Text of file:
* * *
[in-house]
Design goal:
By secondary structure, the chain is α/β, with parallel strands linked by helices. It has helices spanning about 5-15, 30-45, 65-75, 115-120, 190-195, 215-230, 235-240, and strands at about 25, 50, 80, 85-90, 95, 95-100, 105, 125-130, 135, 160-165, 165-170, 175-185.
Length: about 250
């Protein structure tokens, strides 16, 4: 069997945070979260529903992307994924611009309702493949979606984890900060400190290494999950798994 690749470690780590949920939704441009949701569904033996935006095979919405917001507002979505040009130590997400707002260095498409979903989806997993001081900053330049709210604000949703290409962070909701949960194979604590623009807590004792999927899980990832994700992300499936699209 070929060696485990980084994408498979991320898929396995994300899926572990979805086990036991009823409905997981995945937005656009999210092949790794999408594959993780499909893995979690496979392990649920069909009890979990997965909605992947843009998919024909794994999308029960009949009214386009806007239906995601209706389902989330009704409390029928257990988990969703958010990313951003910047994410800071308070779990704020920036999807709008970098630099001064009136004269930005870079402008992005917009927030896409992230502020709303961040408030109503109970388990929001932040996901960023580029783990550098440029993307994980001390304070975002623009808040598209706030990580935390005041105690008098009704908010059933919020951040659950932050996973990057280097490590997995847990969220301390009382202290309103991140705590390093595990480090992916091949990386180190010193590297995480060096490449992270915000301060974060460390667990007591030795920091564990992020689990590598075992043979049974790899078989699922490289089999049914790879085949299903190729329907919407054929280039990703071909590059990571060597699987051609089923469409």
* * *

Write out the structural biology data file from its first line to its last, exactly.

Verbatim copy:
[in-house]
Design goal:
By secondary structure, the chain is α/β, with parallel strands linked by helices. It has helices spanning about 5-15, 30-45, 65-75, 115-120, 190-195, 215-230, 235-240, and strands at about 25, 50, 80, 85-90, 95, 95-100, 105, 125-130, 135, 160-165, 165-170, 175-185.
Length: about 250
């Protein structure tokens, strides 16, 4: 069997945070979260529903992307994924611009309702493949979606984890900060400190290494999950798994 690749470690780590949920939704441009949701569904033996935006095979919405917001507002979505040009130590997400707002260095498409979903989806997993001081900053330049709210604000949703290409962070909701949960194979604590623009807590004792999927899980990832994700992300499936699209 070929060696485990980084994408498979991320898929396995994300899926572990979805086990036991009823409905997981995945937005656009999210092949790794999408594959993780499909893995979690496979392990649920069909009890979990997965909605992947843009998919024909794994999308029960009949009214386009806007239906995601209706389902989330009704409390029928257990988990969703958010990313951003910047994410800071308070779990704020920036999807709008970098630099001064009136004269930005870079402008992005917009927030896409992230502020709303961040408030109503109970388990929001932040996901960023580029783990550098440029993307994980001390304070975002623009808040598209706030990580935390005041105690008098009704908010059933919020951040659950932050996973990057280097490590997995847990969220301390009382202290309103991140705590390093595990480090992916091949990386180190010193590297995480060096490449992270915000301060974060460390667990007591030795920091564990992020689990590598075992043979049974790899078989699922490289089999049914790879085949299903190729329907919407054929280039990703071909590059990571060597699987051609089923469409």